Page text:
Child Protection


Fred Nile Supports Stronger Laws to Protect Children.

In his speech to the NSW Parliament on Tuesday 22 October 2013, Mr Nile stated the following:


Reverend the Hon FRED NILE: On behalf of the Christian Democratic Party, I am pleased to support the Child Protection Legislation Amendment (Offenders Registration and Prohibition) Bill 2013. The bill implements the findings of the statutory review of the Child Protection (Offenders Prohibition Orders) Act 2004 and introduces additional measures to the Child Protection (Offenders Registration) Act 2000. It is very important for the Parliament and the Government to constantly review legislation that deals with child protection. Attacks on children are becoming more sophisticated and we must ensure that our legislation is adequate. The amendments in this bill will help in this regard and will give the police the powers they need.

The bill will improve the operation of both Acts and will strengthen the framework for monitoring and managing child sex offenders and certain other individuals who are living in the community. The Child Protection (Offenders Prohibition Orders) Act 2004 enables prohibition orders to be made against offenders who have committed sexual or other serious offences against children, such as child murder, sexual intercourse with a child, acts of indecency against a child and possession of child abuse materials. These offenders are known under the Child Protection (Offenders Registration) Act 2000 as “registrable persons”. We are pleased to support the bill, especially as the Federal royal commission into the issue of the sexual abuse of children has heard further startling revelations about the seriousness of this activity and its widespread nature.

Already we have seen a report concerning an organised ring of paedophiles, believed to include Anglican and Catholic clergy, who used a Sunday afternoon children’s Christian program in the 1970s to sexually abuse boys at a church-run Wallsend boys’ home. A Hunter woman said that these men just came, got the boys, used them and then put them back. Her husband had told the Royal Commission into Institutional Responses to Child Sexual Abuse that he was sexually assaulted by multiple offenders at the Woodlands Boys Home. Obviously the United Protestant Association was unaware of these activities and has issued an unreserved apology for what has occurred to the victims. Some of the smallest and youngest boys were targeted by the Sunday group. From what the victims told us, these men changed from week to week. This suggests an even larger organised ring. In other words, a group of men would arrive and abuse the boys; and then in another week or so another group of men would come and abuse the boys. So there was obviously a paedophile network operating around Wallsend in that Newcastle region.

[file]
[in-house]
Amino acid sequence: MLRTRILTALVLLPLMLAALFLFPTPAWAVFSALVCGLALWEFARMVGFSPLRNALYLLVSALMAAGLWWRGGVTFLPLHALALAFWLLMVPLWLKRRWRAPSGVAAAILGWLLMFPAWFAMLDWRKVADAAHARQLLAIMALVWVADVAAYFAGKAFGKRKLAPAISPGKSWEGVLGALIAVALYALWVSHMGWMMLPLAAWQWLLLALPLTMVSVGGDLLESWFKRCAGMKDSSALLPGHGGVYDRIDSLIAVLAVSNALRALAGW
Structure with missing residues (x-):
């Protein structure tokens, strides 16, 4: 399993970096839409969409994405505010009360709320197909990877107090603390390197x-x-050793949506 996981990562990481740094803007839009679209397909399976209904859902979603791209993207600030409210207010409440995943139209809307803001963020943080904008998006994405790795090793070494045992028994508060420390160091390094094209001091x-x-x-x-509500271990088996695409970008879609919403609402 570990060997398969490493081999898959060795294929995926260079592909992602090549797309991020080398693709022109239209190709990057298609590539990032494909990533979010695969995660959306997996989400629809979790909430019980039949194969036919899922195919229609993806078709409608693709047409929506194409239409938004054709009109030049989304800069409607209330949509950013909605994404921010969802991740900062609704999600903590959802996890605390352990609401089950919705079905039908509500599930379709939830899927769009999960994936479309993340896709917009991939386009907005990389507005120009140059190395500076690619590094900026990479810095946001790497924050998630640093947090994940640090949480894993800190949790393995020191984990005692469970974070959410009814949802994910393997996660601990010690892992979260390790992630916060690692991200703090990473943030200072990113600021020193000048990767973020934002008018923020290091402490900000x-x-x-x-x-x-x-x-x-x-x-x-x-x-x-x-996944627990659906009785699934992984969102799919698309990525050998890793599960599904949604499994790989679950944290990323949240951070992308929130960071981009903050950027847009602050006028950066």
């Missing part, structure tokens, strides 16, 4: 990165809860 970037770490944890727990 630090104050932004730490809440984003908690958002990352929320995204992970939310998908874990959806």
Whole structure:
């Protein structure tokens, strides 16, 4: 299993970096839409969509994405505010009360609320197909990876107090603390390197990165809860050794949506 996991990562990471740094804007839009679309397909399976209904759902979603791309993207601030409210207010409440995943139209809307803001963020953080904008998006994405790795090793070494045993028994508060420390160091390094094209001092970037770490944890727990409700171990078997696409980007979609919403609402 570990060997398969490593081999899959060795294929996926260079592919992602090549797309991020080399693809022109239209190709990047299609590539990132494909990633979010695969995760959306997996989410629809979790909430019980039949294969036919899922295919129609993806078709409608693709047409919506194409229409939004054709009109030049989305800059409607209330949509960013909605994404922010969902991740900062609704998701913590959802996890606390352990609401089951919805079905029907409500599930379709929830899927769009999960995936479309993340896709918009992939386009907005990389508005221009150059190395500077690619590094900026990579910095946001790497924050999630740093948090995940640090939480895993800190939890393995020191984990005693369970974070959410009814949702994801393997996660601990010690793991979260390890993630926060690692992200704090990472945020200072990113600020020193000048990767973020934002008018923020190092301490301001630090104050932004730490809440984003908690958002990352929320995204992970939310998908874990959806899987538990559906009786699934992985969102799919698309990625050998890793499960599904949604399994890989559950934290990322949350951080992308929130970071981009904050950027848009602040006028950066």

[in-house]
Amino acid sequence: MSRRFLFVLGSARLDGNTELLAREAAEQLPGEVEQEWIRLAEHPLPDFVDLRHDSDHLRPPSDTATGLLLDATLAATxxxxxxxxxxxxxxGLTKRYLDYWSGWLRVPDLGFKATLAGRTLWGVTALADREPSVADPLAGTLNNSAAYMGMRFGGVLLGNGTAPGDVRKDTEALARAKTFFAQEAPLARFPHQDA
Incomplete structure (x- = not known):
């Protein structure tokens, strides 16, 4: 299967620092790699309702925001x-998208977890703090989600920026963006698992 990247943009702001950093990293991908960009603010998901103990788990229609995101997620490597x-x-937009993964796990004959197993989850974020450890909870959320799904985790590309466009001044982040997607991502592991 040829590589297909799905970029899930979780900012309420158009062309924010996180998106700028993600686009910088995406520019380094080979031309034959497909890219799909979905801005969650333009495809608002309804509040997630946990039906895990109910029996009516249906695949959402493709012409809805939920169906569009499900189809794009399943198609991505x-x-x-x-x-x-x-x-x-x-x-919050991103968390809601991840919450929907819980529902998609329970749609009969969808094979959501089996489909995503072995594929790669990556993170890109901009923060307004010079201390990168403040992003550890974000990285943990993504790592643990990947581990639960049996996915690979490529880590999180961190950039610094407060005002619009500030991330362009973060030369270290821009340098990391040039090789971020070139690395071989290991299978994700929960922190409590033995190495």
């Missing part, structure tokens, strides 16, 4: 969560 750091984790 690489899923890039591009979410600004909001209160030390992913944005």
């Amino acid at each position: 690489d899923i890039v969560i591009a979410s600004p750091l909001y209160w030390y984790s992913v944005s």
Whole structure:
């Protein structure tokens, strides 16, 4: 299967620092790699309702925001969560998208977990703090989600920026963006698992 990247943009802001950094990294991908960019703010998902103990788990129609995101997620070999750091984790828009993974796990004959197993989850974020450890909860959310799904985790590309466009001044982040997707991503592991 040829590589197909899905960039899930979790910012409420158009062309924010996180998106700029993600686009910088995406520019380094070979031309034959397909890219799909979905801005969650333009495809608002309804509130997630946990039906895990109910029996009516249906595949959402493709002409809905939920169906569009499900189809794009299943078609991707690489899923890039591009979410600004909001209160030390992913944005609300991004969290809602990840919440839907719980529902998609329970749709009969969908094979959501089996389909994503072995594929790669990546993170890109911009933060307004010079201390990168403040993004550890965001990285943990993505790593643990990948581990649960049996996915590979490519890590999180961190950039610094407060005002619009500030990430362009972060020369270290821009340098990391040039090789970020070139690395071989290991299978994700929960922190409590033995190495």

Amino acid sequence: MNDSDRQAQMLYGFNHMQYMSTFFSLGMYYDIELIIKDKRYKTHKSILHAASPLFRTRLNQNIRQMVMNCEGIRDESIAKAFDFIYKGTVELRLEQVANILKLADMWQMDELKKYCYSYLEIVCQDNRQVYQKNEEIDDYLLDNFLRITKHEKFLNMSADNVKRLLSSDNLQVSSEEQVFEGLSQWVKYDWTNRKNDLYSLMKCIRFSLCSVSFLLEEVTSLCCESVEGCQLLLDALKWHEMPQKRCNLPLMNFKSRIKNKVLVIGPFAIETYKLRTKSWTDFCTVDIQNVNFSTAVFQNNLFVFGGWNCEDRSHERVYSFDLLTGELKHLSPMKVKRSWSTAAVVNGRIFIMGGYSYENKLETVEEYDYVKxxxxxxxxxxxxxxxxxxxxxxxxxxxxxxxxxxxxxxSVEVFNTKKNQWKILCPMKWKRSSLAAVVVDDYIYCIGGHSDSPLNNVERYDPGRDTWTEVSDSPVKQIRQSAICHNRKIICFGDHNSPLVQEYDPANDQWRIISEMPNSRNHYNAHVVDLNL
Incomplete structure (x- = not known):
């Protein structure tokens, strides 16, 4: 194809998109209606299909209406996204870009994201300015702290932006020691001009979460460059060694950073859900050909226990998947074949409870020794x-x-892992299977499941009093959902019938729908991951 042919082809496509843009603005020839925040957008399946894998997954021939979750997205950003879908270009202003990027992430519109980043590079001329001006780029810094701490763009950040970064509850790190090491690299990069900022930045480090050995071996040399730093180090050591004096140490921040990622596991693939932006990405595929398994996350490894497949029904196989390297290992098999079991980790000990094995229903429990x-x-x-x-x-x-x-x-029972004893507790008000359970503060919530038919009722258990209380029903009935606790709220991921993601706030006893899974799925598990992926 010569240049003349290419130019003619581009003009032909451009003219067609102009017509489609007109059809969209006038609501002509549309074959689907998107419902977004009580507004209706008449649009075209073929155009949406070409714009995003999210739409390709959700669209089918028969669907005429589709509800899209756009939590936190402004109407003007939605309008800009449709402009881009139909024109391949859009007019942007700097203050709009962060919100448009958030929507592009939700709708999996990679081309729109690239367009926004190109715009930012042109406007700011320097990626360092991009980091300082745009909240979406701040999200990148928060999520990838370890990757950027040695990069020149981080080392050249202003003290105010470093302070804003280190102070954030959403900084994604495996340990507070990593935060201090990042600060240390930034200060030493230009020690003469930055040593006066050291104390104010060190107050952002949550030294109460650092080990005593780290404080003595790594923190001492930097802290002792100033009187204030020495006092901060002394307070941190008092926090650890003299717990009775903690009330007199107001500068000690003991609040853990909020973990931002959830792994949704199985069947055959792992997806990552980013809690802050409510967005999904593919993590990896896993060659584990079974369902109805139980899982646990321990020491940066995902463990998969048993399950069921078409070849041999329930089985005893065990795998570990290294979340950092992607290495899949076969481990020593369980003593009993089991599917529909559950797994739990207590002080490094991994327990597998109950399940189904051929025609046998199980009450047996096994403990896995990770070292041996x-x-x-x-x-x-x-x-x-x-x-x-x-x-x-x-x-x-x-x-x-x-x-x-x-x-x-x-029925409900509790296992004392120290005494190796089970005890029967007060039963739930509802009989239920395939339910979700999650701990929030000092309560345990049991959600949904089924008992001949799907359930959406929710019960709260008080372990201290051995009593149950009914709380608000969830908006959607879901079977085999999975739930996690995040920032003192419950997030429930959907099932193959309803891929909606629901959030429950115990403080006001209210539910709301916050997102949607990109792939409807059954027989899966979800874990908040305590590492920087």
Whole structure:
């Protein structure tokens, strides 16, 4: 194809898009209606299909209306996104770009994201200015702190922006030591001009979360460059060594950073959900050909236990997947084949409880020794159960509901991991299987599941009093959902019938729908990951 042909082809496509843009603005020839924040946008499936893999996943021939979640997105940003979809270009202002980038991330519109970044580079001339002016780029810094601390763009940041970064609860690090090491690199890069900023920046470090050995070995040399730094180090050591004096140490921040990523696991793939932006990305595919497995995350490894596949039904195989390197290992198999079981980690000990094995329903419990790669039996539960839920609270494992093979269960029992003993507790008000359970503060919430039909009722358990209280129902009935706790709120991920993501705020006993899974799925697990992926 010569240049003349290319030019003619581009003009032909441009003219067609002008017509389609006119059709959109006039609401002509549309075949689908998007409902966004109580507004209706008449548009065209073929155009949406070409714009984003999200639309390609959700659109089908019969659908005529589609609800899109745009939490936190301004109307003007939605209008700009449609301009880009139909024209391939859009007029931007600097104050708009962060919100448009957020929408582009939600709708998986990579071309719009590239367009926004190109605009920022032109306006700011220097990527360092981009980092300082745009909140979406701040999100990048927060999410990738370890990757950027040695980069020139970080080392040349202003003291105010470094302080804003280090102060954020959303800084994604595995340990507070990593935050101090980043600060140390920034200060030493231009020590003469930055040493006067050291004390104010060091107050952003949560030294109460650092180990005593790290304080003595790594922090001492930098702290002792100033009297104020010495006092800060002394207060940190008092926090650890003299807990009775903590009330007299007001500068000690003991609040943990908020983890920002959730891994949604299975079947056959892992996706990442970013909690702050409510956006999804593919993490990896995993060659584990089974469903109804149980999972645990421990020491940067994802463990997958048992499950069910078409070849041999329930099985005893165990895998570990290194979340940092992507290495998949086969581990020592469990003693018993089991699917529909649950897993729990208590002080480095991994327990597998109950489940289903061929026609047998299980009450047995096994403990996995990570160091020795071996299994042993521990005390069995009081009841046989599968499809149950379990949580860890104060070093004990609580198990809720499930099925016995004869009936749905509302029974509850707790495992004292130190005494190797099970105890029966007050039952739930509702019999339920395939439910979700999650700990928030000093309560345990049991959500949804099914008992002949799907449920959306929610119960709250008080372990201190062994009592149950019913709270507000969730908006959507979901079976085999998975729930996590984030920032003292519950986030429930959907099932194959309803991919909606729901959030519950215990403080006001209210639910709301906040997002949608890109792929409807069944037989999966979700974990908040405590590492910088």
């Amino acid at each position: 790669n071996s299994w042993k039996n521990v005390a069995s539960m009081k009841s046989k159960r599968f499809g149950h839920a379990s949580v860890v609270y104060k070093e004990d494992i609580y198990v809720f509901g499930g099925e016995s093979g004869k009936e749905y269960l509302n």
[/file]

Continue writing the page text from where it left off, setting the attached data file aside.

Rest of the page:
In providing evidence before the royal commission

witnesses said that they were aware of a group of men who came to the home in the 1970s for a number of years on Sunday afternoons—apparently to conduct a Christian program. They routinely took smaller boys downstairs into rooms in the building and abused them. Anglican priest and volunteer carer Peter Rushton, acknowledged by the church in 2010 as a sexual abuser of children, and another person—convicted child sex offender Robert Holland—are believed to have taken boys from the home and to have had links with Woodlands. I could go on with the alarming evidence given before the royal commission which just shows the necessity for this legislation.

Even today there was a media report about a worker from the Young Men’s Christian Association. One would assume that if they had been employed by the Young Men’s Christian Association they would be trustworthy persons. In this case, a single mother working every Saturday to support herself and her son paid this man, Jonathon Lord, $100 to babysit her son from 9.00 a.m. until 4.00 p.m. and trusted him completely—after all, he worked for the Young Men’s Christian Association. The sexual abuse started on the very first Saturday and continued every Saturday for more than a year until October 2011. So this is a very current case. The grief-stricken mother told the Royal Commission into Institutional Responses to Child Sexual Abuse about this tragic situation of what had occurred to her child. She said that her trust in the babysitter was such that when he and his mother called around in late 2011 to tell her of sexual abuse allegations against him, and asked her to give him a character reference, she agreed. She offered to recommend him a lawyer. Later that night the mother became suspicious and started questioning her son. As she questioned him it became obvious that Jonathon Lord had been sexually abusing her son. She said, “At that time, my whole world fell apart.”